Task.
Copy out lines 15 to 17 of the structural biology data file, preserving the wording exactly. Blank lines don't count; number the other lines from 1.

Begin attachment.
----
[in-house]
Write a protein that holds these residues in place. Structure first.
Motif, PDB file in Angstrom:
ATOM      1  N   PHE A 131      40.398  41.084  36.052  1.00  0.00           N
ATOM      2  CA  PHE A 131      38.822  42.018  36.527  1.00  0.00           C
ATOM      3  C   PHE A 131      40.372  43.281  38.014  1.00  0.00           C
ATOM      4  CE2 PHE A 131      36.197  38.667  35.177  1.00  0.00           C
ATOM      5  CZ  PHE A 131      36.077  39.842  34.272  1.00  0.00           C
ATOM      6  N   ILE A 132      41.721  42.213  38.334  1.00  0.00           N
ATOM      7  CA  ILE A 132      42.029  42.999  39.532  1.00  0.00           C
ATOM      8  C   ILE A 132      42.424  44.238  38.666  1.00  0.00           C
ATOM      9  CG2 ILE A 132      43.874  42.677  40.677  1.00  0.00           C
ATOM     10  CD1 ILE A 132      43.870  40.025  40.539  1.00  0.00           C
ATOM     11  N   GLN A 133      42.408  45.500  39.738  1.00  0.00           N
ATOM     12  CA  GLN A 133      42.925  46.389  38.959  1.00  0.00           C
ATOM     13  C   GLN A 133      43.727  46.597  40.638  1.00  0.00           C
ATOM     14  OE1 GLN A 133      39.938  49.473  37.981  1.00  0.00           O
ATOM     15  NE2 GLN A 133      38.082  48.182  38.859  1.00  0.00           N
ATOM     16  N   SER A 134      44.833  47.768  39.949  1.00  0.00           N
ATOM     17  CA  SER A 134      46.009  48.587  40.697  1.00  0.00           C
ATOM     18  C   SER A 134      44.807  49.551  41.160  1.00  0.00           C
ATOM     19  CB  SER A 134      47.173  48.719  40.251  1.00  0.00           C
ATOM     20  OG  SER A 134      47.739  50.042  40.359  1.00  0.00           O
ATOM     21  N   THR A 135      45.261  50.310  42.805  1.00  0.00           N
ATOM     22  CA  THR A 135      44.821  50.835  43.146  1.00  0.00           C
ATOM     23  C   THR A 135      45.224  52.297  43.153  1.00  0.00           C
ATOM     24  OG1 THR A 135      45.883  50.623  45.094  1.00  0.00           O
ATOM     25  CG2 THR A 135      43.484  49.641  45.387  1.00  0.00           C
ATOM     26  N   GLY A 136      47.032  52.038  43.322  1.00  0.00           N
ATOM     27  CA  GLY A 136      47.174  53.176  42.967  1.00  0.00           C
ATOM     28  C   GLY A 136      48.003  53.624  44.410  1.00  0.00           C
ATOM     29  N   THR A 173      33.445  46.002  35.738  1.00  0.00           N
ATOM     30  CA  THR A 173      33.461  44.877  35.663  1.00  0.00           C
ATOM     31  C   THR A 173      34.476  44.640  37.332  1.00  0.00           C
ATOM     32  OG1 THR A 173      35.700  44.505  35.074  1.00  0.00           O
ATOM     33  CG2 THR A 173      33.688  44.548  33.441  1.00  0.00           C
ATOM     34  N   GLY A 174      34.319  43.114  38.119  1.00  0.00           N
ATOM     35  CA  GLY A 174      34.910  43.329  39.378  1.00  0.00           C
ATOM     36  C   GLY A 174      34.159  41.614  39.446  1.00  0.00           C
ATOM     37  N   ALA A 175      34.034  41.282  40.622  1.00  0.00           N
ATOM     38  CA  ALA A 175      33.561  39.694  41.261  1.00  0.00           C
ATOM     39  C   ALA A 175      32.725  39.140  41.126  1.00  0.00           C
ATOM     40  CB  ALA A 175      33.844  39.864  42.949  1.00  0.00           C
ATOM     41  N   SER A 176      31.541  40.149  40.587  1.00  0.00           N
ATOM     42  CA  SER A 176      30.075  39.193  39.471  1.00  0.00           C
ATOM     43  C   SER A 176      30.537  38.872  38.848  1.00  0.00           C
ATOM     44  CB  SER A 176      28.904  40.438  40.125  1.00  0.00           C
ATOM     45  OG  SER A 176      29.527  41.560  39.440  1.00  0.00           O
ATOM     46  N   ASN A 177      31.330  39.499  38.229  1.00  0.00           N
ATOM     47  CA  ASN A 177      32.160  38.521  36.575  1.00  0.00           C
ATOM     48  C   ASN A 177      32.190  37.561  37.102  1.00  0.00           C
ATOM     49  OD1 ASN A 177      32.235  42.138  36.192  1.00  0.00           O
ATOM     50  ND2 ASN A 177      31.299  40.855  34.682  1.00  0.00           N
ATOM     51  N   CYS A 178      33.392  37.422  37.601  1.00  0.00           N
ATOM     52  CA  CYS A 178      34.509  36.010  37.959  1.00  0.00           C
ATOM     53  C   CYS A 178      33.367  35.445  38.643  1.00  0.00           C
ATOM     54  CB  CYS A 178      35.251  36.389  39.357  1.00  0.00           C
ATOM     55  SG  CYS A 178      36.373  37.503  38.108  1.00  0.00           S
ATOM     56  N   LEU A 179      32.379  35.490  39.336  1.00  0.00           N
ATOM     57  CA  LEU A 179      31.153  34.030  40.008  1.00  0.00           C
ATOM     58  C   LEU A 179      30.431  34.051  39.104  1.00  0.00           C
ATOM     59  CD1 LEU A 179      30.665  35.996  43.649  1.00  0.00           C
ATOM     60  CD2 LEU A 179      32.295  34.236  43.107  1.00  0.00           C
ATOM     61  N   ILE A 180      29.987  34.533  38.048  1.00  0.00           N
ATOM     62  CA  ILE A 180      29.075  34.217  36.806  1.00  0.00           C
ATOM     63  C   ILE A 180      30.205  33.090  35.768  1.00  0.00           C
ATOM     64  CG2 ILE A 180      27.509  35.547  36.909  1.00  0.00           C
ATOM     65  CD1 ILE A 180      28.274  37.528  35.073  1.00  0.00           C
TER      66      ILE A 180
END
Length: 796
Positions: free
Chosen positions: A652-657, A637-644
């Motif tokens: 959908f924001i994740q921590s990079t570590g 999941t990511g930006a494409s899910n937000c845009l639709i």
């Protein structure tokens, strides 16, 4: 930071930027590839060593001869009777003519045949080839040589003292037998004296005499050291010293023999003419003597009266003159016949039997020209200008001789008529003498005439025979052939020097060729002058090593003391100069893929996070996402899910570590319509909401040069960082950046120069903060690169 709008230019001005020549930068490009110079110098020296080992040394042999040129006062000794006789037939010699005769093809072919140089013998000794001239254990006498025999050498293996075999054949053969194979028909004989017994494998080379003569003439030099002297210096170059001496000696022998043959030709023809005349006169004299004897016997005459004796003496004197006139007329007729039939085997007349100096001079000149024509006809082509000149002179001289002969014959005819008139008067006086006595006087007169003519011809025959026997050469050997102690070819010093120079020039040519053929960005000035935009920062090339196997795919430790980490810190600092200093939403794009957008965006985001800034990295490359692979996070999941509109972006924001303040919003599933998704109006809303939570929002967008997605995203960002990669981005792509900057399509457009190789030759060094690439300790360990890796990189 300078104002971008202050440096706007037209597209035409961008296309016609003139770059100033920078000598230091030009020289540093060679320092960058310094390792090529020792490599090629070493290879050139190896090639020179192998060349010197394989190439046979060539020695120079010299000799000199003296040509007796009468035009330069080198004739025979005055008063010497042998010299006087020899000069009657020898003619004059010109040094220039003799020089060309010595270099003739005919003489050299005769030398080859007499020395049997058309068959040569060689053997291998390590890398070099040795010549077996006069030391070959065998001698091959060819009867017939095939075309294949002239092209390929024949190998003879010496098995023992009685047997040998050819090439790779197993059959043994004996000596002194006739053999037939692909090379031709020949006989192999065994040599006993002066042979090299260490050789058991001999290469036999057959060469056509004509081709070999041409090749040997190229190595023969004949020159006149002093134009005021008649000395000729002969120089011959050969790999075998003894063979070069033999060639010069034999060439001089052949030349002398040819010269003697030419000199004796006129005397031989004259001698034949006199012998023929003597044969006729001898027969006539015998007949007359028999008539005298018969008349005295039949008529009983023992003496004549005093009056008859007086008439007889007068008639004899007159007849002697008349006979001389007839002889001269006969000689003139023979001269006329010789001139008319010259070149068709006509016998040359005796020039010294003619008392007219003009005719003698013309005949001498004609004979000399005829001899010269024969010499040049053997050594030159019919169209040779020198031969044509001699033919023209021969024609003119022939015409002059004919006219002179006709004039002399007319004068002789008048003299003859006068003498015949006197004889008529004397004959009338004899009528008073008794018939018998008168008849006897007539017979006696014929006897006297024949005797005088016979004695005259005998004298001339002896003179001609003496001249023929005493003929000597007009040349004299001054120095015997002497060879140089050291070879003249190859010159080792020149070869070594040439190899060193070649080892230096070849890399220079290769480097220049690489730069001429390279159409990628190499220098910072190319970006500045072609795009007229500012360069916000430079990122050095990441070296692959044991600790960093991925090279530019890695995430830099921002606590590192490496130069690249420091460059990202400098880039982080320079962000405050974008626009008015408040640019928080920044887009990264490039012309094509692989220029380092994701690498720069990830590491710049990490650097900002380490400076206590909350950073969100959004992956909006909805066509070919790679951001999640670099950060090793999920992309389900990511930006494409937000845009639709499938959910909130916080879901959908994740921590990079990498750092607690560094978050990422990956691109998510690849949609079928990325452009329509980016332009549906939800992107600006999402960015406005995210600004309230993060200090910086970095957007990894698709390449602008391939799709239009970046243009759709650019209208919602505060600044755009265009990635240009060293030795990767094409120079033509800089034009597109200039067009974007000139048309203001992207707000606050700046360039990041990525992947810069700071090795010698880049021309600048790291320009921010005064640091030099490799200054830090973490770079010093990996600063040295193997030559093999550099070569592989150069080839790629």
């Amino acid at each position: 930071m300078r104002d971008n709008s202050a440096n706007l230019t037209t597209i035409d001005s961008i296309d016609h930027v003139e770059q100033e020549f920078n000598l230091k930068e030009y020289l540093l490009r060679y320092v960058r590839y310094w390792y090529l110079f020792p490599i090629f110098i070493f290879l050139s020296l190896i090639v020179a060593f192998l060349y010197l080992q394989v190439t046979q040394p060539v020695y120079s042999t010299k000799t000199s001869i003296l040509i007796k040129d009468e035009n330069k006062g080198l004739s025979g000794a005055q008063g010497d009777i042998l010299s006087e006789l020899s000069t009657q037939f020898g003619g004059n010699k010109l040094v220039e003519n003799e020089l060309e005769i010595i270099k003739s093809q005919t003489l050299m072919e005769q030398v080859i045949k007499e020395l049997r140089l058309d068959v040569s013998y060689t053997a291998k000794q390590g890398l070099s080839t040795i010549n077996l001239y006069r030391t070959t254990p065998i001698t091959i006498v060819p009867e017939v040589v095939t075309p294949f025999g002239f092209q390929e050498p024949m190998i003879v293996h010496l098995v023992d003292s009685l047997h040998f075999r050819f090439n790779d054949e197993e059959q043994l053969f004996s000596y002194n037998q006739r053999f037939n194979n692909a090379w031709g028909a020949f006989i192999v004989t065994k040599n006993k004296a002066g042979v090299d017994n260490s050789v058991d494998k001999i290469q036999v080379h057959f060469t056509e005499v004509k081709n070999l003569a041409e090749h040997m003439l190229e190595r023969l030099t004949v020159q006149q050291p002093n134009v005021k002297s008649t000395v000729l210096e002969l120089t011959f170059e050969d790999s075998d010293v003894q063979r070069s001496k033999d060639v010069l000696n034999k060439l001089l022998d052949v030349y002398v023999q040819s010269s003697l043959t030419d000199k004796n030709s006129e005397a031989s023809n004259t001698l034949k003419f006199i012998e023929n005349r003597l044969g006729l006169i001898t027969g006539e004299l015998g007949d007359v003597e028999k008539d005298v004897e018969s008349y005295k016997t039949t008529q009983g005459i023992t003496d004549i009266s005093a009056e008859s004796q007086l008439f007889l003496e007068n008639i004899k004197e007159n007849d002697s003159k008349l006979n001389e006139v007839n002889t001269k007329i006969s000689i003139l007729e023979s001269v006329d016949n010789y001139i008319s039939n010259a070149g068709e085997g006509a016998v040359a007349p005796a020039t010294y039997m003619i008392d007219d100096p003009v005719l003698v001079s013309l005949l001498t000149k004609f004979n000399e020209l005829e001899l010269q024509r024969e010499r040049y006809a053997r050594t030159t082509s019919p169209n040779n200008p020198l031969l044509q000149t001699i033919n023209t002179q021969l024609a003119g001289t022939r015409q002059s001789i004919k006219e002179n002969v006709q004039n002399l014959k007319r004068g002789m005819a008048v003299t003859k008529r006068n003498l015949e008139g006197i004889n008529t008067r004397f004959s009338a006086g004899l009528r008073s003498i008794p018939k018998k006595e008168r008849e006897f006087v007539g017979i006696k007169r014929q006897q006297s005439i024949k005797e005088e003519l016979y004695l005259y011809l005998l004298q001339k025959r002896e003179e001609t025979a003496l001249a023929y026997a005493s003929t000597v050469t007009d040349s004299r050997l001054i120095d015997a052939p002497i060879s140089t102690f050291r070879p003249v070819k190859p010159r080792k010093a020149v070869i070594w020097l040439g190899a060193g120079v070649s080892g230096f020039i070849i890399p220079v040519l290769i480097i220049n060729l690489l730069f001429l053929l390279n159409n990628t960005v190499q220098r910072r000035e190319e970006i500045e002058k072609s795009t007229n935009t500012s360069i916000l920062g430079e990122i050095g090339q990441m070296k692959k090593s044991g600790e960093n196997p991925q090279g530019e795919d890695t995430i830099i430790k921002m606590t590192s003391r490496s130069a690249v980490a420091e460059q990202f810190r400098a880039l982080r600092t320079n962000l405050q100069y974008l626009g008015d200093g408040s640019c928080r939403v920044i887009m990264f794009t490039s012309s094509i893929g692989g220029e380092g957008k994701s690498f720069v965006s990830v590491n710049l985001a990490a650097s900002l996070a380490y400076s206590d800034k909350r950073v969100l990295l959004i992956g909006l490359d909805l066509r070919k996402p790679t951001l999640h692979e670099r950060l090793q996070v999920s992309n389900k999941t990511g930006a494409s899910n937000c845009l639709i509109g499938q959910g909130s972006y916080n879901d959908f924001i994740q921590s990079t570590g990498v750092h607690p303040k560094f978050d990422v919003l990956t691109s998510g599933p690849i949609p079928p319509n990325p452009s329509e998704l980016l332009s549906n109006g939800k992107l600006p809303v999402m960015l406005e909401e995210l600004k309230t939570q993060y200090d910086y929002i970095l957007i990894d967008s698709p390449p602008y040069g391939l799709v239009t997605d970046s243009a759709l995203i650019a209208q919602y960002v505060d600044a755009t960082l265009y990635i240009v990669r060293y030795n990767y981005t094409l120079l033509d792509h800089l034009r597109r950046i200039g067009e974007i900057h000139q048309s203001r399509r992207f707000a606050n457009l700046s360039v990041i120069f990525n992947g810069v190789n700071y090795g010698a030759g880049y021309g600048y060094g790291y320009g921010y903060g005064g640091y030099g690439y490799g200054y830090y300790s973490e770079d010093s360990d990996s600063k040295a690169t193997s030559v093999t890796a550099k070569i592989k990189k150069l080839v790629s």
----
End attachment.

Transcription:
ATOM     12  CA  GLN A 133      42.925  46.389  38.959  1.00  0.00           C
ATOM     13  C   GLN A 133      43.727  46.597  40.638  1.00  0.00           C
ATOM     14  OE1 GLN A 133      39.938  49.473  37.981  1.00  0.00           O